Daniel Hernandez, 17 | Alumni Ambassador 2018-2019 | High School of Economics and Finance, New York, NY | Riobamba, Ecuador

It was six in the morning in Ecuador, en route to an indigenous farming community by the name of Guamote. On this remarkable bus ride, I glanced off into Ecuador’s prideful and colorful culture, full of diversity and astonishing scenery. I thought about the days before this one, where I explored the fascinating sites of Riobamba. The cities and their vibrant lights with individuals willing to share their daily lives and rich history. Where I toured cultural heaven lands of Pre-Inca tribes 3,500 meters high in vast mountainous areas. The faces of my students who I had spent an entire week teaching English and the impact they left on me. Suddenly, as the bus came to a halt I was awakened from my self-reflection and arrived at my destination to meet Juanita. This encounter led to my new perspective of the world around me.

On this trip, I would further immerse myself in the daily demands that men, women and even young children must work extremely hard to meet. When I encountered Juanita, her eyes sparkled, the corner of her eyes crinkled, and her mouth smiled broadly. As we approached her house, I was astonished to see this block of crumbled concrete with some parts covered in mold; this is what she considered home. Buzzing sounds coming from flies, surrounding every inch of her home. A sink and toilet with no running water. I could not help but cringe at the sight until I saw Juanita beam with pride and excitement as she was giving us a tour.

My task was to help Juanita carry rocks up and down a hill to build a pig enclosure. During my experience, I realized that carrying rocks was not as easy as it seemed. The high altitude and the steep and slippery climb made this task grueling. However, children younger and much smaller than me were able to complete this chore barefoot, with ease and without protest. I could hardly comprehend the blood, sweat, and tears Juanita put into the task over the years. I wanted to sit down and give up, especially after getting a few splinters. Maybe I wanted to give up simply because I’ve lived a life enjoying certain comforts that are not nearly as accessible to others. I’ve never experienced this type of hard labor which is essential for the natives of Guamote to persevere.  I look back at the time I spent with Juanita and how she embraced that rock, refusing to surrender because she remembered the purpose of her labor.  This was the driving force which motivated me to conquer my exhaustion and encourage others to do the same.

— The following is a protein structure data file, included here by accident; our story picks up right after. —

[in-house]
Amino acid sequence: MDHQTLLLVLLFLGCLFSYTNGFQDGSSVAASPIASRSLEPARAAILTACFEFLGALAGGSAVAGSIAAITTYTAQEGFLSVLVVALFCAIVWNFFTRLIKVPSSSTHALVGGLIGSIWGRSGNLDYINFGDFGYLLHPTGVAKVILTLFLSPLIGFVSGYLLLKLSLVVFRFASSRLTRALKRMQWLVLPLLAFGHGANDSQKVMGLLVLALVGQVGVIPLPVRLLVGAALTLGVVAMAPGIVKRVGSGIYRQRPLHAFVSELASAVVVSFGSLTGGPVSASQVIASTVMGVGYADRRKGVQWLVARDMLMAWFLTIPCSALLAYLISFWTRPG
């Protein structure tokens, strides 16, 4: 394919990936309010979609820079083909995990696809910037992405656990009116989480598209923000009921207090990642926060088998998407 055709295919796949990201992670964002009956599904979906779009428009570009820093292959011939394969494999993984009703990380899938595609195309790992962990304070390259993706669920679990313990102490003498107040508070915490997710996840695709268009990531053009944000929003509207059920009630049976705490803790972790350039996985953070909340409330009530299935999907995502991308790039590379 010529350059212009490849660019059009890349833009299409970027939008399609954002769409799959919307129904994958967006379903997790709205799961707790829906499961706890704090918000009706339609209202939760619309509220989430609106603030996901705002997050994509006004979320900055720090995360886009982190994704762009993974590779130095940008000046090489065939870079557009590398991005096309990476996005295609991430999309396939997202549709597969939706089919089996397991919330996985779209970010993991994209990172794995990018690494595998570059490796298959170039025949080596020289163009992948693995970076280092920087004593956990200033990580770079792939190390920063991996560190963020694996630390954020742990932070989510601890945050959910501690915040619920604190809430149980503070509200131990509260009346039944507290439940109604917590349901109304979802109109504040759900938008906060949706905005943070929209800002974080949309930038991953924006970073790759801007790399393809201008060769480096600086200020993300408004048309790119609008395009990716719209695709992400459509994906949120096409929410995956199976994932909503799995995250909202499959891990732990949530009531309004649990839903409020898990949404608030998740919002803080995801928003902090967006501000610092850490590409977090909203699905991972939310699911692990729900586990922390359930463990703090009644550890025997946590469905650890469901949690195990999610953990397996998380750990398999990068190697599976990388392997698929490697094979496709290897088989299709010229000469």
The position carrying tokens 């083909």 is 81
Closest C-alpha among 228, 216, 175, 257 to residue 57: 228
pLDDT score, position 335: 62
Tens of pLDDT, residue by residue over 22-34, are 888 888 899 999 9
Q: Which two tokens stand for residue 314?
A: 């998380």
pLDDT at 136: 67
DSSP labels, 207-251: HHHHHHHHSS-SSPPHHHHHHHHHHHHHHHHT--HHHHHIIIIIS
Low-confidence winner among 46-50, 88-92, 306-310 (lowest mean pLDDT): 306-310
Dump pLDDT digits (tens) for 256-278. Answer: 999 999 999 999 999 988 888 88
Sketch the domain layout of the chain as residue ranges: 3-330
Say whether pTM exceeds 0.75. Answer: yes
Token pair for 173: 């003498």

This experience made me realize that youth worldwide are the motivating force for change, and with change comes endless opportunities. Working with Juanita, I saw and felt how life can be when you’re living outside of the comforts of American society; how others must work twice as hard to meet their necessities. I went from being in a community with buildings and suburban houses to farmland where despite the hard labor, I felt a sense of accomplishment and happiness. Meeting and spending a day with Juanita was a gift, a token that I will always have in my heart. I departed Ecuador with an immense appreciation for all my blessings and an eagerness to travel the world to serve others.

I now reflect on how my actions inspire others to dream, learn and be involved, as Juanita did for me. I have the compassion, confidence, courage, and commitment to immerse myself in the world and give back by paying it forward.

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